Charley Lee has one simple rule when it comes to the food at his Bellevue restaurant, Hakka House, open since this past November.
“If I don’t eat it, I won’t give it to a customer,” the affable Lee says during a recent phone call.
Lee, who got his start in restaurants working with his father in Taiwan and Honolulu, has opened a string of restaurants around the Greater Seattle area over the years: Golden House in Mukilteo, Eastern Pearl in Redmond and now Hakka House.
You can find him hopping around the dining room at Hakka House — when he’s not in the kitchen with his good friend and chef Ching-Na Tsai, of course — checking in on each table.
“I love people, I love to see the customers. I cook very good, too,” he tells me with a laugh.
When I was in for lunch last week, Lee stopped by our table to admonish me for taking photos of my food. “Put your phone away! Chinese food waits for no one,” he said.
The menu at Hakka House is deep and varied; a full page of dim sum options plus dumplings, soups, stir-fry, noodles and clay-pot dishes. I was there for the Hakka specialties.
Hakka people are a Chinese ethnic group considered to be the most diasporic. A sign outside of Hakka House says the cuisine of the Hakka people “emphasizes the original flavor, retains the charm and characteristics of traditional folk food and cultural heritage.”
The traditional dishes at Hakka House include stuffed pork tofu ($17.95), meatballs with preserved vegetables ($17.95) and crispy beef brisket ($21.95).
Meals at Hakka House begin with a small bowl of rich chicken broth, topped with fresh cilantro and white onion. It’s the perfect comforting opening to a meal, especially on a brisk spring day.
The stuffed pork tofu arrived on a silver sizzle platter, turning heads as it sputtered its way through the dining room. Set atop slivers of onions, the cubes of squishy, seared tofu each have a marble-sized piece of crunchy-crisp ground pork inserted in the middle and a rich oyster/soy sauce drizzled over the top. A bit too large to be eaten in one bite, these nuggets lose their crunch the longer they sit and are best eaten as soon as the active sizzling subsides.
The meatballs, served swimming in a slightly viscous broth with cabbage in a clay pot, are incredibly light and fluffy — almost like a soup dumpling without the wrapper. The broth was slightly peppery — but not spicy. This is comfort food for sure.
Lee says Hakka House is the only restaurant in the area serving the crispy beef brisket, a thinly sliced wonder of a dish that features tender braised brisket perfectly coated in a fragrant crunchy wreath of panko. Served with lightly pickled slivered carrots and ginger and a thick, sweet/salty dipping sauce, this is one of those dishes that is so simple, yet incredibly satisfying.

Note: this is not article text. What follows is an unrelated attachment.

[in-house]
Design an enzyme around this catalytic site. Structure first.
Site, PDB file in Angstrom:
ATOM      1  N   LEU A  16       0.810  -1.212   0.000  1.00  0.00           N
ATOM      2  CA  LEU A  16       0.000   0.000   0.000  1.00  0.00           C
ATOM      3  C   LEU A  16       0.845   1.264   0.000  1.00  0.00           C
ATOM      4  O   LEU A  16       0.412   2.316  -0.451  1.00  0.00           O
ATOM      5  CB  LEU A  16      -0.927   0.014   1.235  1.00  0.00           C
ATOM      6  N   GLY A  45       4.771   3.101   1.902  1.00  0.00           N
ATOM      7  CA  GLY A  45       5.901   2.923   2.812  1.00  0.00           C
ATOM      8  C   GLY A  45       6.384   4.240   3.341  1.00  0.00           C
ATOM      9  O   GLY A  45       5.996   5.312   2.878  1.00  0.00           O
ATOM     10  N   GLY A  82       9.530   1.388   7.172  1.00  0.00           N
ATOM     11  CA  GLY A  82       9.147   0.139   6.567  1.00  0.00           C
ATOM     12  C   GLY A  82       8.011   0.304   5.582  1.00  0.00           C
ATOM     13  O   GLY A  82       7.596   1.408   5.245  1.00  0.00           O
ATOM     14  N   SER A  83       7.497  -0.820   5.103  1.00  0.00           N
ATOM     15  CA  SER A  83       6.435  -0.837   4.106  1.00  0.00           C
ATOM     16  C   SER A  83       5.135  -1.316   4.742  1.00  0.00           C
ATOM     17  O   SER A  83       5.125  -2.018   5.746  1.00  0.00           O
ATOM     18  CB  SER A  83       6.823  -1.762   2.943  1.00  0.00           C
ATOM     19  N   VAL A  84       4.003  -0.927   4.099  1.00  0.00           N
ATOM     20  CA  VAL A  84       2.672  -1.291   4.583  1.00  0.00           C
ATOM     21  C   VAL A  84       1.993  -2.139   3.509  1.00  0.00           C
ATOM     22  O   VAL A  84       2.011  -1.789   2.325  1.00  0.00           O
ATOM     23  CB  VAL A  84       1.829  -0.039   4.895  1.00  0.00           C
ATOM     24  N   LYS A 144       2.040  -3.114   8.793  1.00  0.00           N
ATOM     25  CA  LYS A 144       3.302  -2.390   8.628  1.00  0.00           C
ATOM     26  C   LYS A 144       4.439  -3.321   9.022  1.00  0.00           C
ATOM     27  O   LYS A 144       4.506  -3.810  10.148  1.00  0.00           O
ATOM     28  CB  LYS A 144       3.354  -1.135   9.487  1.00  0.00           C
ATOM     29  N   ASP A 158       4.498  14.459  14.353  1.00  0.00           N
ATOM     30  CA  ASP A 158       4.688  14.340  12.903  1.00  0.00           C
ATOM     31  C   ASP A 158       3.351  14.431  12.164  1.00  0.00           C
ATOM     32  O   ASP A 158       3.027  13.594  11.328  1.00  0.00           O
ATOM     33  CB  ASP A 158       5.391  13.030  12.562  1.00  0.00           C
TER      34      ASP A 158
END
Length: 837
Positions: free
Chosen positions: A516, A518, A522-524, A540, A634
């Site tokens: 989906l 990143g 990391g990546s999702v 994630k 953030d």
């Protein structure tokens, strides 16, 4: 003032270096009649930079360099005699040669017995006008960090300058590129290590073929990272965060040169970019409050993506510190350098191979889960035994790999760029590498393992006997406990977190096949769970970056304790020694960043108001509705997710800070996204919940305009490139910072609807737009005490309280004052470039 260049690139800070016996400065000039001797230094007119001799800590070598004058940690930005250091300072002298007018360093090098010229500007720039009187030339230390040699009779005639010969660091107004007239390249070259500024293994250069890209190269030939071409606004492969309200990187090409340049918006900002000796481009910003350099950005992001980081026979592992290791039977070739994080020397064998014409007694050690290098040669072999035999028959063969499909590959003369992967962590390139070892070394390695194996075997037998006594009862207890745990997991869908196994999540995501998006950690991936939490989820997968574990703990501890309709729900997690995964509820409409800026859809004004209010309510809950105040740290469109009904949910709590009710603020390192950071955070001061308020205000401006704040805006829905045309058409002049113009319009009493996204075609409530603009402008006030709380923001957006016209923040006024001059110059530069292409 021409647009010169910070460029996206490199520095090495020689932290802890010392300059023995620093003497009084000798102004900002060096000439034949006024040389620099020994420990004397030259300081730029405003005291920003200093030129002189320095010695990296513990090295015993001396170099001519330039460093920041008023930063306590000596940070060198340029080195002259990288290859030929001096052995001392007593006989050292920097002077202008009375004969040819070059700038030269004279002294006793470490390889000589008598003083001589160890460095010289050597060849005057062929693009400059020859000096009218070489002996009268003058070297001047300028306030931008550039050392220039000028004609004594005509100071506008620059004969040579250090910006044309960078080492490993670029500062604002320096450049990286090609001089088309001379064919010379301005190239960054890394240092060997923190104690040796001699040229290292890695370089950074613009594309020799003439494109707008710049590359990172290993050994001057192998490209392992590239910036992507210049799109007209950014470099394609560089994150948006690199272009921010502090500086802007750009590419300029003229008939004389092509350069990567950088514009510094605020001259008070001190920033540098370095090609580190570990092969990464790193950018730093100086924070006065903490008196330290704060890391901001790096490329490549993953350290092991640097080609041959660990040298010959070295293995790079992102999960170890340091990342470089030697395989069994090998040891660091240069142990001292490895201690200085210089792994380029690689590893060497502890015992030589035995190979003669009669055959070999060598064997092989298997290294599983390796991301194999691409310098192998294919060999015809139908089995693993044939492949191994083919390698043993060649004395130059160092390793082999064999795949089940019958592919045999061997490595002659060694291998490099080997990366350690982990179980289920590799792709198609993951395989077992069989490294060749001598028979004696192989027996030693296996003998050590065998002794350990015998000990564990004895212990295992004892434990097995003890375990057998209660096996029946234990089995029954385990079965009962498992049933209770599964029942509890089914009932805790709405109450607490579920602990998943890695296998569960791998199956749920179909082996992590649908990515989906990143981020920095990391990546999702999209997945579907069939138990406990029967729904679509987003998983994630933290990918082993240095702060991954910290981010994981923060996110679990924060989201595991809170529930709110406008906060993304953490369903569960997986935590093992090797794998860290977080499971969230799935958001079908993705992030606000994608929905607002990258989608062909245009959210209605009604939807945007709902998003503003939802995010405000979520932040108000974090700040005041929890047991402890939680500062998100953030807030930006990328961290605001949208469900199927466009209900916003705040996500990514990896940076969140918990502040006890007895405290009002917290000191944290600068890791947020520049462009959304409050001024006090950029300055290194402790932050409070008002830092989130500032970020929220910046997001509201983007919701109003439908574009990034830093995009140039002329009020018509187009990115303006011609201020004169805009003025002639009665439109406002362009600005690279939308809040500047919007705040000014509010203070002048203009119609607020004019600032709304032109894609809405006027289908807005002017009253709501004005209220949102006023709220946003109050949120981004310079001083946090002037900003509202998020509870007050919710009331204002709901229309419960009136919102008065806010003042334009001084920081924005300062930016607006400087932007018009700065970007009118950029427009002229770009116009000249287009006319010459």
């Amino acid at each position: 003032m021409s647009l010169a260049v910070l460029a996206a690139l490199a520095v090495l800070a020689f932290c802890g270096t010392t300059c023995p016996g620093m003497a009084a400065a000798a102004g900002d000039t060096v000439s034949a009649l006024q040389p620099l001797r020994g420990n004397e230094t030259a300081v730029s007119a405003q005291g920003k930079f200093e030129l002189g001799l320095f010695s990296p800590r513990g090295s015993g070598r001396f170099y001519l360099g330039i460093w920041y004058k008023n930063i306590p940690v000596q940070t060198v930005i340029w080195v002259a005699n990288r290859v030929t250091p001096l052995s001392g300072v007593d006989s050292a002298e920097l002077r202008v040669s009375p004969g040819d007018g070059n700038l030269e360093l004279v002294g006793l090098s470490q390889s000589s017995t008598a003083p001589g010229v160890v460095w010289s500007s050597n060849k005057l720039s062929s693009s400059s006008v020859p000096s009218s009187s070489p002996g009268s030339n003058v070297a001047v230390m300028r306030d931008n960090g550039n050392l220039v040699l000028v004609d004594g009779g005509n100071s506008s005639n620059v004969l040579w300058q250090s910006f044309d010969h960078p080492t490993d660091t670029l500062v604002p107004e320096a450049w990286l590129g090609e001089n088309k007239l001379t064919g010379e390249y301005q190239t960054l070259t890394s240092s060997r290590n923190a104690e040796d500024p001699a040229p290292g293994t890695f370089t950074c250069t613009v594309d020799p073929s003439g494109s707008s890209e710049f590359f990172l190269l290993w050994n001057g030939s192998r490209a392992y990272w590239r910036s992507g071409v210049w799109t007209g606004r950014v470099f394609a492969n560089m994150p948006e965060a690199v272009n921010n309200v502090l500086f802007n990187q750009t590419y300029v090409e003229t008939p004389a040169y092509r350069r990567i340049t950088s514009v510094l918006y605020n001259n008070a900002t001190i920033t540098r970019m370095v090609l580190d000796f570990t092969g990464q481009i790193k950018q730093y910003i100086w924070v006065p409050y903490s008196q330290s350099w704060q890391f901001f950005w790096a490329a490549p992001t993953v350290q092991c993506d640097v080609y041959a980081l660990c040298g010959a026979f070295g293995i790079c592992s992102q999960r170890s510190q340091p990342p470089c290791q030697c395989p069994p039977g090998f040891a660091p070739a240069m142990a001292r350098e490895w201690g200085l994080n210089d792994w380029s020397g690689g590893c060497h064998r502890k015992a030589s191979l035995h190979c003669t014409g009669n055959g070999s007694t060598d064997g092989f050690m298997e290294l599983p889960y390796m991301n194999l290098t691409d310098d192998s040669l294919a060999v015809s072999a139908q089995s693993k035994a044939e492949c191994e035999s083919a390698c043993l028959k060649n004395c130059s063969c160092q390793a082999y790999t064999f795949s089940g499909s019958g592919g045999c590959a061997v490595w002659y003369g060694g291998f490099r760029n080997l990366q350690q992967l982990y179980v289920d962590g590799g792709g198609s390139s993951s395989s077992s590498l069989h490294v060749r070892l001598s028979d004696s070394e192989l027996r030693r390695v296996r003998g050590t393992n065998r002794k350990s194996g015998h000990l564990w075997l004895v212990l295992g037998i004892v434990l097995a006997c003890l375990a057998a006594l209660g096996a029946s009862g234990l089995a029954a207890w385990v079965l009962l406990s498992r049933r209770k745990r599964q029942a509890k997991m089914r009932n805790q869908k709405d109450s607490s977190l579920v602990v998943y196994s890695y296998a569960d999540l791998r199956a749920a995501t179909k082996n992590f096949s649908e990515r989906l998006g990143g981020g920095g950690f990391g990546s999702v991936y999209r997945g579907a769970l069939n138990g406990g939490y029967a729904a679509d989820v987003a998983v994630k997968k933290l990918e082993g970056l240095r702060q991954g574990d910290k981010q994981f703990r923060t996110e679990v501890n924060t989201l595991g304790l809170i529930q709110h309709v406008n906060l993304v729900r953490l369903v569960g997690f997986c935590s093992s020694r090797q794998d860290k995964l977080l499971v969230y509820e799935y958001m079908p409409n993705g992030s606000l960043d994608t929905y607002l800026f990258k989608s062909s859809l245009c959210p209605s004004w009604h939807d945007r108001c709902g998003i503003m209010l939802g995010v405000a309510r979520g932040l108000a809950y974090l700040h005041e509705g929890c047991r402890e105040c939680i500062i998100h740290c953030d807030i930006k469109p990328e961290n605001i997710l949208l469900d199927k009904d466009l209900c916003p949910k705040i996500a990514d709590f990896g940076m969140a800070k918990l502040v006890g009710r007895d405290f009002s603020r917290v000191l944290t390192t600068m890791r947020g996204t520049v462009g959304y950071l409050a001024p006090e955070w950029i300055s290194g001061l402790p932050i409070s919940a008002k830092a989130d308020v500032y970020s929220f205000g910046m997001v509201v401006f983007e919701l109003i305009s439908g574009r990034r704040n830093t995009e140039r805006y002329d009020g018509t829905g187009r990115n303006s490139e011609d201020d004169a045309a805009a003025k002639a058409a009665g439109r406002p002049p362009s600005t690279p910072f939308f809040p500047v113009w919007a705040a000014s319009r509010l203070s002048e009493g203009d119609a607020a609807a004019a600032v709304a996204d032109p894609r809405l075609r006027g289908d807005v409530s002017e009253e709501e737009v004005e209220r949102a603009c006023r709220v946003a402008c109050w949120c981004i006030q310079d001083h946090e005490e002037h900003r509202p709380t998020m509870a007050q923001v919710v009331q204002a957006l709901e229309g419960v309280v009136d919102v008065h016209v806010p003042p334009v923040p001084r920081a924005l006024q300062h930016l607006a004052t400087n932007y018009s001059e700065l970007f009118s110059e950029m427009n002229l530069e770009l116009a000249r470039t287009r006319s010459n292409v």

Lee stresses a few times during our brief phone call that he and his staff are trying so hard to give the best service and best quality they can every day. The dining room, packed full of happy customers the day I was there for lunch, and that crispy beef brisket, are a testament to their hard work.
Hakka House
10 a.m.-9 p.m. Saturday and Sunday, 11 a.m.-9 p.m. Monday, Wednesday-Friday; 677 120th Ave. N.E., #7A, Bellevue; 425-679-6922
Elsewhere in Bellevue, I am convinced my colleague Tan Vinh is right when he says “Chinese restaurants are popping up seemingly every week” around the Eastside. And seeing as you might not be able to get a walk-in table at the new Supreme Dumpling in Bellevue Marketplace, don’t miss Núodle — just a few doors down.
The lunch rush has slowed to steady since lines snaked around the corner when this noodle shop first opened, the masses vying for bowls of Lanzhou-style hand-pulled beef noodle soup. While you can still see the famous noodles being pulled before your eyes, ordering and payment all now take place through a QR code sticker on each table.
And while that soup is indeed just as delightful — the noodles as wonderfully pliant and the broth just as fragrant and restorative as it was a few years ago — the real sleeper hit of Núodle is the stewed pork with handmade noodles ($12.99).
The wide, shallow bowl is layered with those same springy noodles, a tangle of bok choy and a heap of the most succulent stewed pork, all topped with a generous stripe of mouth-numbing chili sauce. The more you eat, the less you can feel your tongue, but it is so worth it.
Also wonderful is the crispy beef patty ($4.99), a generous scoop of tender beef and scallions encased in flaky, tissue-thin sheets of pastry fried until crisp. Get a bowl of the soup with the crispy beef patty, an additional side dish and a drink for $20.99.
11 a.m.-3 p.m., 5-9 p.m. daily; 14603 N.E. 20th St., Suite #6, Bellevue; 425-395-9999
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